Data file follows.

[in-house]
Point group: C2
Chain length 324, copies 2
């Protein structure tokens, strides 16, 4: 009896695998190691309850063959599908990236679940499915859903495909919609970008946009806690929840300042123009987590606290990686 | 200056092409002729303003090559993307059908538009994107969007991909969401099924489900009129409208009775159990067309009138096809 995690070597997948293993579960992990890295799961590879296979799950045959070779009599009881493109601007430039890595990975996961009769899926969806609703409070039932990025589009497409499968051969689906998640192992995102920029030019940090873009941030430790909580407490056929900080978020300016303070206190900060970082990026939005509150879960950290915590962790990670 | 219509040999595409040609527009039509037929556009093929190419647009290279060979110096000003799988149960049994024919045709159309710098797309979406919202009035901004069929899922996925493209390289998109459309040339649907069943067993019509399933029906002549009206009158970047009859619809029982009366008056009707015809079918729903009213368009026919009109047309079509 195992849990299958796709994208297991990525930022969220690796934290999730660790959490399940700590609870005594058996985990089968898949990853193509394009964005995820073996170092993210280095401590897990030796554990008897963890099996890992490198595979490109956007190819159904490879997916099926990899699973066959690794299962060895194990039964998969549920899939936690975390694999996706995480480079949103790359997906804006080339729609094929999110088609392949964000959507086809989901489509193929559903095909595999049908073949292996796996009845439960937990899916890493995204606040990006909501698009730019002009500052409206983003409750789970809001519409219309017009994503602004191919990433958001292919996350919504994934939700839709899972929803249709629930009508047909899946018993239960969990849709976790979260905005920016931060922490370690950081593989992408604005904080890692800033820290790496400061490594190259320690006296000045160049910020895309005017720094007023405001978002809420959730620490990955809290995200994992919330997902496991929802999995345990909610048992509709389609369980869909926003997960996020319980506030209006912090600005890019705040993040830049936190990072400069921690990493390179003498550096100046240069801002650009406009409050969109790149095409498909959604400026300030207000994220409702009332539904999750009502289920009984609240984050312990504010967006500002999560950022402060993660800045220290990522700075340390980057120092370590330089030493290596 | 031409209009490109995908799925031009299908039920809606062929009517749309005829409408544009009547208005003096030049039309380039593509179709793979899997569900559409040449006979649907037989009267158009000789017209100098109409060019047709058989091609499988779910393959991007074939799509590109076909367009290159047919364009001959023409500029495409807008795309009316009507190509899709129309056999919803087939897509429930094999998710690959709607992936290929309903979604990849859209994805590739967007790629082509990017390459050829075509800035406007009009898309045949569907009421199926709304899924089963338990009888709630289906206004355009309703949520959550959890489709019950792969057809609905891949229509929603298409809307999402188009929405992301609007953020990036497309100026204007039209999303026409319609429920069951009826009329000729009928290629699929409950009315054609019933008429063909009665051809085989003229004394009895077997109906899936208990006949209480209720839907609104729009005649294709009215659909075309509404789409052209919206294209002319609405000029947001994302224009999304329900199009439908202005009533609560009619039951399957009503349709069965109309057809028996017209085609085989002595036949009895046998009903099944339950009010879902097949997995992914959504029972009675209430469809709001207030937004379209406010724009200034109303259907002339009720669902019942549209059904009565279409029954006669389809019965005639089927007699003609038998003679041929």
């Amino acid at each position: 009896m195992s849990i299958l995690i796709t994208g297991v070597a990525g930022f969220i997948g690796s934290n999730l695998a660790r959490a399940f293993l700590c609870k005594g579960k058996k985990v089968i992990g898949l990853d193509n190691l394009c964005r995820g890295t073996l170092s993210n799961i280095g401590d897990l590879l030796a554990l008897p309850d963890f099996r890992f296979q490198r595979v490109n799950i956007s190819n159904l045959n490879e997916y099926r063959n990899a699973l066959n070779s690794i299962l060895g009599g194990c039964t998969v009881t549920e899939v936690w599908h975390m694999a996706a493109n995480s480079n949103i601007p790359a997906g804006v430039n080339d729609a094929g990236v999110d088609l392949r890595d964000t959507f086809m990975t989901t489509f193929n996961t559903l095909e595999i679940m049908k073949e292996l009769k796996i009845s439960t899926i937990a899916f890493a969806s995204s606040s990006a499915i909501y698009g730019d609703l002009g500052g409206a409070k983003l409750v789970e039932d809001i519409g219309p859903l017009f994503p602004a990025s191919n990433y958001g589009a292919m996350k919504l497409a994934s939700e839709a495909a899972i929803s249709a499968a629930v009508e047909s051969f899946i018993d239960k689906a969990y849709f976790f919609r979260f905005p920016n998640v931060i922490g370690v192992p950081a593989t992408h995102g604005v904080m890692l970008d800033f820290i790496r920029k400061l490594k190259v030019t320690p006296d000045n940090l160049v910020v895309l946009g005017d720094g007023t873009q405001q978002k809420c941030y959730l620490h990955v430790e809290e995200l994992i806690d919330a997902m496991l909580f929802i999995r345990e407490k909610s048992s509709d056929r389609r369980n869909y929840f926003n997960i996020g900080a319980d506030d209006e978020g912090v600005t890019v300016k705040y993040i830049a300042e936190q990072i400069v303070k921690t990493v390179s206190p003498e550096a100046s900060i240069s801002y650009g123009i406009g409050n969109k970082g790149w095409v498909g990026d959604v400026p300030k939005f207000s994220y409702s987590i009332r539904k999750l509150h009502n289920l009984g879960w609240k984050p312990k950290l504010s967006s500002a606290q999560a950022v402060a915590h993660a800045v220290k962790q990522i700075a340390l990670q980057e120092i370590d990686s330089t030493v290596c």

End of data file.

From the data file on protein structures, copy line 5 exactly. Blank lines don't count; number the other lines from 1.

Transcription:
């Amino acid at each position: 009896m195992s849990i299958l995690i796709t994208g297991v070597a990525g930022f969220i997948g690796s934290n999730l695998a660790r959490a399940f293993l700590c609870k005594g579960k058996k985990v089968i992990g898949l990853d193509n190691l394009c964005r995820g890295t073996l170092s993210n799961i280095g401590d897990l590879l030796a554990l008897p309850d963890f099996r890992f296979q490198r595979v490109n799950i956007s190819n159904l045959n490879e997916y099926r063959n990899a699973l066959n070779s690794i299962l060895g009599g194990c039964t998969v009881t549920e899939v936690w599908h975390m694999a996706a493109n995480s480079n949103i601007p790359a997906g804006v430039n080339d729609a094929g990236v999110d088609l392949r890595d964000t959507f086809m990975t989901t489509f193929n996961t559903l095909e595999i679940m049908k073949e292996l009769k796996i009845s439960t899926i937990a899916f890493a969806s995204s606040s990006a499915i909501y698009g730019d609703l002009g500052g409206a409070k983003l409750v789970e039932d809001i519409g219309p859903l017009f994503p602004a990025s191919n990433y958001g589009a292919m996350k919504l497409a994934s939700e839709a495909a899972i929803s249709a499968a629930v009508e047909s051969f899946i018993d239960k689906a969990y849709f976790f919609r979260f905005p920016n998640v931060i922490g370690v192992p950081a593989t992408h995102g604005v904080m890692l970008d800033f820290i790496r920029k400061l490594k190259v030019t320690p006296d000045n940090l160049v910020v895309l946009g005017d720094g007023t873009q405001q978002k809420c941030y959730l620490h990955v430790e809290e995200l994992i806690d919330a997902m496991l909580f929802i999995r345990e407490k909610s048992s509709d056929r389609r369980n869909y929840f926003n997960i996020g900080a319980d506030d209006e978020g912090v600005t890019v300016k705040y993040i830049a300042e936190q990072i400069v303070k921690t990493v390179s206190p003498e550096a100046s900060i240069s801002y650009g123009i406009g409050n969109k970082g790149w095409v498909g990026d959604v400026p300030k939005f207000s994220y409702s987590i009332r539904k999750l509150h009502n289920l009984g879960w609240k984050p312990k950290l504010s967006s500002a606290q999560a950022v402060a915590h993660a800045v220290k962790q990522i700075a340390l990670q980057e120092i370590d990686s330089t030493v290596c």